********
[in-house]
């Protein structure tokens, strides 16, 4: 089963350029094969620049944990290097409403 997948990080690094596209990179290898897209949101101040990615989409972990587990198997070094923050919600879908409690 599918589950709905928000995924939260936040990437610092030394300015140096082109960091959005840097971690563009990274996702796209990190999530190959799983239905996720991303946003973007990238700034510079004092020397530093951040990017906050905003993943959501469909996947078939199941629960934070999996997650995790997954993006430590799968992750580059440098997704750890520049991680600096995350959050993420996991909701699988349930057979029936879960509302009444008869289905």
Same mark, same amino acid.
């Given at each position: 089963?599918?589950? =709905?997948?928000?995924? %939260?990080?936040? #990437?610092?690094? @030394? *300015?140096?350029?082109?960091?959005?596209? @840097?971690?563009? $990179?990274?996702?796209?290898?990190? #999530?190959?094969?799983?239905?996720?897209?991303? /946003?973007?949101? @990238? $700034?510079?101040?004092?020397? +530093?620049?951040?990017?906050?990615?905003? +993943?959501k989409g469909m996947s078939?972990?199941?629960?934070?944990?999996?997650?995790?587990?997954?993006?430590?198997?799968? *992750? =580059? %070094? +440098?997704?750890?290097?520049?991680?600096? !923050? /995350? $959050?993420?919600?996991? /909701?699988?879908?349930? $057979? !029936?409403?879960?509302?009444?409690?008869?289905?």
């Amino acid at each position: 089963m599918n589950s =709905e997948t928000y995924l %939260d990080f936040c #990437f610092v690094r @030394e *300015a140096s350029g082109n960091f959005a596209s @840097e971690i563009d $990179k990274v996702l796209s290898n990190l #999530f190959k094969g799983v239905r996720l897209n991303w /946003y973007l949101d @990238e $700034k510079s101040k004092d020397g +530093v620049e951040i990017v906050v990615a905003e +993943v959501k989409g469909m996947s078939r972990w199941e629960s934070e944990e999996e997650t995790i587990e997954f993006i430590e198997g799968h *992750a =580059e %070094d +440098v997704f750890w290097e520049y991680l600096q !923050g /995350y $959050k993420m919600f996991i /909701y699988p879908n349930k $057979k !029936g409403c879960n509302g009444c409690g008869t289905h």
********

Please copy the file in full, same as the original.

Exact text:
[in-house]
């Protein structure tokens, strides 16, 4: 089963350029094969620049944990290097409403 997948990080690094596209990179290898897209949101101040990615989409972990587990198997070094923050919600879908409690 599918589950709905928000995924939260936040990437610092030394300015140096082109960091959005840097971690563009990274996702796209990190999530190959799983239905996720991303946003973007990238700034510079004092020397530093951040990017906050905003993943959501469909996947078939199941629960934070999996997650995790997954993006430590799968992750580059440098997704750890520049991680600096995350959050993420996991909701699988349930057979029936879960509302009444008869289905």
Same mark, same amino acid.
């Given at each position: 089963?599918?589950? =709905?997948?928000?995924? %939260?990080?936040? #990437?610092?690094? @030394? *300015?140096?350029?082109?960091?959005?596209? @840097?971690?563009? $990179?990274?996702?796209?290898?990190? #999530?190959?094969?799983?239905?996720?897209?991303? /946003?973007?949101? @990238? $700034?510079?101040?004092?020397? +530093?620049?951040?990017?906050?990615?905003? +993943?959501k989409g469909m996947s078939?972990?199941?629960?934070?944990?999996?997650?995790?587990?997954?993006?430590?198997?799968? *992750? =580059? %070094? +440098?997704?750890?290097?520049?991680?600096? !923050? /995350? $959050?993420?919600?996991? /909701?699988?879908?349930? $057979? !029936?409403?879960?509302?009444?409690?008869?289905?």
């Amino acid at each position: 089963m599918n589950s =709905e997948t928000y995924l %939260d990080f936040c #990437f610092v690094r @030394e *300015a140096s350029g082109n960091f959005a596209s @840097e971690i563009d $990179k990274v996702l796209s290898n990190l #999530f190959k094969g799983v239905r996720l897209n991303w /946003y973007l949101d @990238e $700034k510079s101040k004092d020397g +530093v620049e951040i990017v906050v990615a905003e +993943v959501k989409g469909m996947s078939r972990w199941e629960s934070e944990e999996e997650t995790i587990e997954f993006i430590e198997g799968h *992750a =580059e %070094d +440098v997704f750890w290097e520049y991680l600096q !923050g /995350y $959050k993420m919600f996991i /909701y699988p879908n349930k $057979k !029936g409403c879960n509302g009444c409690g008869t289905h």